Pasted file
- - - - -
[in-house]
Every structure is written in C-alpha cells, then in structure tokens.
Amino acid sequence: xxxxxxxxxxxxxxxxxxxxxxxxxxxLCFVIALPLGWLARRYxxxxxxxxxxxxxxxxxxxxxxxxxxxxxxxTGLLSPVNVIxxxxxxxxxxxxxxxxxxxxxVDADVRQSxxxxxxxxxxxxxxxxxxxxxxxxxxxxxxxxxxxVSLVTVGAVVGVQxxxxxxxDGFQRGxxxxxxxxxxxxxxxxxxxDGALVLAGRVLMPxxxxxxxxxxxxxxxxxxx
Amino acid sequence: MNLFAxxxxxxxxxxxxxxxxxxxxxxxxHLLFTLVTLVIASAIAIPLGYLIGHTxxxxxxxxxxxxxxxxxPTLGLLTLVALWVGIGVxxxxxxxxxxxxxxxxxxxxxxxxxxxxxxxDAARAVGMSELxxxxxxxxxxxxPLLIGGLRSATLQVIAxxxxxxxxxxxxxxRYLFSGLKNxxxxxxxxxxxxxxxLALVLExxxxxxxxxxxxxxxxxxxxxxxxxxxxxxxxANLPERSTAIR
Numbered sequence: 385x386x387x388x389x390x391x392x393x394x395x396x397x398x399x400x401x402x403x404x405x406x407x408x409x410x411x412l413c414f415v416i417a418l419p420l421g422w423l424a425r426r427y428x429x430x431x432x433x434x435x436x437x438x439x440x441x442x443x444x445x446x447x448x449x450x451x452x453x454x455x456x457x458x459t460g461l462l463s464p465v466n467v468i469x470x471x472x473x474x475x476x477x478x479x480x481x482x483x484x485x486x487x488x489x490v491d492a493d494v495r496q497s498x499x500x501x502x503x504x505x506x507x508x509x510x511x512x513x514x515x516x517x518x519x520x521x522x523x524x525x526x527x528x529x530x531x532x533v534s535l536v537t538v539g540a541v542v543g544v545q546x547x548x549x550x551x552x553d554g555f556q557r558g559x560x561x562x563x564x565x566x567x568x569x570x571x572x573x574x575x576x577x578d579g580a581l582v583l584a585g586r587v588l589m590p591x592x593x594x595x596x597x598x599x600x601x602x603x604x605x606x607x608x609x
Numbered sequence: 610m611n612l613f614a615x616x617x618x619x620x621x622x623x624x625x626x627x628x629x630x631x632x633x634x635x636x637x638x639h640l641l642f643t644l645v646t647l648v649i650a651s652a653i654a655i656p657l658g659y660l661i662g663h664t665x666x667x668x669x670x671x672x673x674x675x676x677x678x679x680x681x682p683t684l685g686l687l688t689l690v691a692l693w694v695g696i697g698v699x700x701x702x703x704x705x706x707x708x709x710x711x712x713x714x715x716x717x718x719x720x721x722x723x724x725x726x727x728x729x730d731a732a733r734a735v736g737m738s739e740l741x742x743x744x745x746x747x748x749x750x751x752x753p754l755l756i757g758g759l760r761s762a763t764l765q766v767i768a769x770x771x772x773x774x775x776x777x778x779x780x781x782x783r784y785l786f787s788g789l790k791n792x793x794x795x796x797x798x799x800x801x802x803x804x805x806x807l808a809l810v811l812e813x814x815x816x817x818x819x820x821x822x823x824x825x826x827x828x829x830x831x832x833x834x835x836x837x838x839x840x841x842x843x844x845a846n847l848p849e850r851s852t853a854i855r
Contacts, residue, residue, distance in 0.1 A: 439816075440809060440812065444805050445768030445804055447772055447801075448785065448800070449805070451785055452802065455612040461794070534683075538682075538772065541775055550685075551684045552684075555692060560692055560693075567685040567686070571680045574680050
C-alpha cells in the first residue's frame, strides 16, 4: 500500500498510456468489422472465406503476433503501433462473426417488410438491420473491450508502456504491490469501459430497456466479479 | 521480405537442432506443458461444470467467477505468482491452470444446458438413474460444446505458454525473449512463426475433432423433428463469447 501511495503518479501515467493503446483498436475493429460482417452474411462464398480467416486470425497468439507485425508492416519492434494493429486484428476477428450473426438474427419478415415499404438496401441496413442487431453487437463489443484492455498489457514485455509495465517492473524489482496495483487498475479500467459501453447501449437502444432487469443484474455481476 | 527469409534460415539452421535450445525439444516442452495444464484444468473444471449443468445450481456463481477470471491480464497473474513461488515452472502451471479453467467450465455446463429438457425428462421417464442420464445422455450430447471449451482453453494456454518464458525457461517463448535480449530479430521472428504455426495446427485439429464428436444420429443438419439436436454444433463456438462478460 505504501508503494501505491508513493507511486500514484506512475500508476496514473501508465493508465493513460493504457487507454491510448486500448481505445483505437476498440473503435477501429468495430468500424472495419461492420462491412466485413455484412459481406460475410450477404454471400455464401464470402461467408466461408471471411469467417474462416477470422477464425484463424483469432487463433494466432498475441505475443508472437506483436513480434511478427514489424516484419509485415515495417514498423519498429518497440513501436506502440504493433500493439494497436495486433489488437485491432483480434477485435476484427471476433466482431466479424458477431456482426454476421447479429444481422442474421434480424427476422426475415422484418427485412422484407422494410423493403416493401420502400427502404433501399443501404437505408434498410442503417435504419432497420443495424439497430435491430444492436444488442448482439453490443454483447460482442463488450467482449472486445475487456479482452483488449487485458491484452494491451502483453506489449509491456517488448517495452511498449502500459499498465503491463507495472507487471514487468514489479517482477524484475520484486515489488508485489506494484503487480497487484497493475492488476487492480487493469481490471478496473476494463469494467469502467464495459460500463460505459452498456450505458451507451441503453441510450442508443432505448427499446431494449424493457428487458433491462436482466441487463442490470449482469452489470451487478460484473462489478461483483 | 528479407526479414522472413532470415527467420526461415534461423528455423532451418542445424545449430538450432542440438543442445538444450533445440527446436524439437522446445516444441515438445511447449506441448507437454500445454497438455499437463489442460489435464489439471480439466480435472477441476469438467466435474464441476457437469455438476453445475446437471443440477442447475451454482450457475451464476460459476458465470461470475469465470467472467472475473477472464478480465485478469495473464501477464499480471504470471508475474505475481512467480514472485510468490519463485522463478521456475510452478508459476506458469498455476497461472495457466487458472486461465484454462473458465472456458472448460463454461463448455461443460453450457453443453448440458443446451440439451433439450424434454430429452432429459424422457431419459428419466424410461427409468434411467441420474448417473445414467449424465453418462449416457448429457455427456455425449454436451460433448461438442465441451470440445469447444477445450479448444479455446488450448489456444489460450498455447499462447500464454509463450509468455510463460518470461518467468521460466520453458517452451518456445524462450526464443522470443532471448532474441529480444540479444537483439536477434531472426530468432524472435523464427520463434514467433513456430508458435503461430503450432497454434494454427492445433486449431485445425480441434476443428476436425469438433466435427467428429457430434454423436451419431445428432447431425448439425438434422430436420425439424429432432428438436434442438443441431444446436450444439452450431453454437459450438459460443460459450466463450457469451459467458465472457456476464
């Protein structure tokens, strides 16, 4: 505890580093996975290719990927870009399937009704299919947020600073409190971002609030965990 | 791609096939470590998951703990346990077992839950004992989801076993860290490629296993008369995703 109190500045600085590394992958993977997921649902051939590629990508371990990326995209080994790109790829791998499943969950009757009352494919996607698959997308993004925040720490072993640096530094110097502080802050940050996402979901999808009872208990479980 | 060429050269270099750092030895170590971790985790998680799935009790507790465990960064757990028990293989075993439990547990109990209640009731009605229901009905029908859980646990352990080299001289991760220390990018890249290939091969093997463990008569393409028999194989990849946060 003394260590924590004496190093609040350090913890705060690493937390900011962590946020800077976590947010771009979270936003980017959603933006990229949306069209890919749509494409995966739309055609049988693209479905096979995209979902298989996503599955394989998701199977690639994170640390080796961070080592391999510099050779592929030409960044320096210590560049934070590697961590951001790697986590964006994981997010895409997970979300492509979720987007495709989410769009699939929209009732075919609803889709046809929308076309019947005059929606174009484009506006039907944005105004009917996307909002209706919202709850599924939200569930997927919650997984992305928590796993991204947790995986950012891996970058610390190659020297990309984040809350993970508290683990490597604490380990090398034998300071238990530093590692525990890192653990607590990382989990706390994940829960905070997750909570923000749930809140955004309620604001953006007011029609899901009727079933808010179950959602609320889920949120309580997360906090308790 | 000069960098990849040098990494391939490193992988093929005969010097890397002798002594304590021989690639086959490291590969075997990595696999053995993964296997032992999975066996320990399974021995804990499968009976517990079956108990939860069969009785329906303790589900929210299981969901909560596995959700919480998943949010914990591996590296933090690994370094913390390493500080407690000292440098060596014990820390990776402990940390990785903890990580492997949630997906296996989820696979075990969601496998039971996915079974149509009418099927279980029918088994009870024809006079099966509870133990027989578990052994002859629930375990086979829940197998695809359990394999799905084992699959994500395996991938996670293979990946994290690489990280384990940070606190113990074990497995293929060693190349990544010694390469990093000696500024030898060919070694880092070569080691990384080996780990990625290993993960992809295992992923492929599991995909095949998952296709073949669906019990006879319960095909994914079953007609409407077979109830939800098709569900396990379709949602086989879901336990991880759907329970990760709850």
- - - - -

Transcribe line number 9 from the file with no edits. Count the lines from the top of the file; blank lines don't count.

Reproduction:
């Protein structure tokens, strides 16, 4: 505890580093996975290719990927870009399937009704299919947020600073409190971002609030965990 | 791609096939470590998951703990346990077992839950004992989801076993860290490629296993008369995703 109190500045600085590394992958993977997921649902051939590629990508371990990326995209080994790109790829791998499943969950009757009352494919996607698959997308993004925040720490072993640096530094110097502080802050940050996402979901999808009872208990479980 | 060429050269270099750092030895170590971790985790998680799935009790507790465990960064757990028990293989075993439990547990109990209640009731009605229901009905029908859980646990352990080299001289991760220390990018890249290939091969093997463990008569393409028999194989990849946060 003394260590924590004496190093609040350090913890705060690493937390900011962590946020800077976590947010771009979270936003980017959603933006990229949306069209890919749509494409995966739309055609049988693209479905096979995209979902298989996503599955394989998701199977690639994170640390080796961070080592391999510099050779592929030409960044320096210590560049934070590697961590951001790697986590964006994981997010895409997970979300492509979720987007495709989410769009699939929209009732075919609803889709046809929308076309019947005059929606174009484009506006039907944005105004009917996307909002209706919202709850599924939200569930997927919650997984992305928590796993991204947790995986950012891996970058610390190659020297990309984040809350993970508290683990490597604490380990090398034998300071238990530093590692525990890192653990607590990382989990706390994940829960905070997750909570923000749930809140955004309620604001953006007011029609899901009727079933808010179950959602609320889920949120309580997360906090308790 | 000069960098990849040098990494391939490193992988093929005969010097890397002798002594304590021989690639086959490291590969075997990595696999053995993964296997032992999975066996320990399974021995804990499968009976517990079956108990939860069969009785329906303790589900929210299981969901909560596995959700919480998943949010914990591996590296933090690994370094913390390493500080407690000292440098060596014990820390990776402990940390990785903890990580492997949630997906296996989820696979075990969601496998039971996915079974149509009418099927279980029918088994009870024809006079099966509870133990027989578990052994002859629930375990086979829940197998695809359990394999799905084992699959994500395996991938996670293979990946994290690489990280384990940070606190113990074990497995293929060693190349990544010694390469990093000696500024030898060919070694880092070569080691990384080996780990990625290993993960992809295992992923492929599991995909095949998952296709073949669906019990006879319960095909994914079953007609409407077979109830939800098709569900396990379709949602086989879901336990991880759907329970990760709850």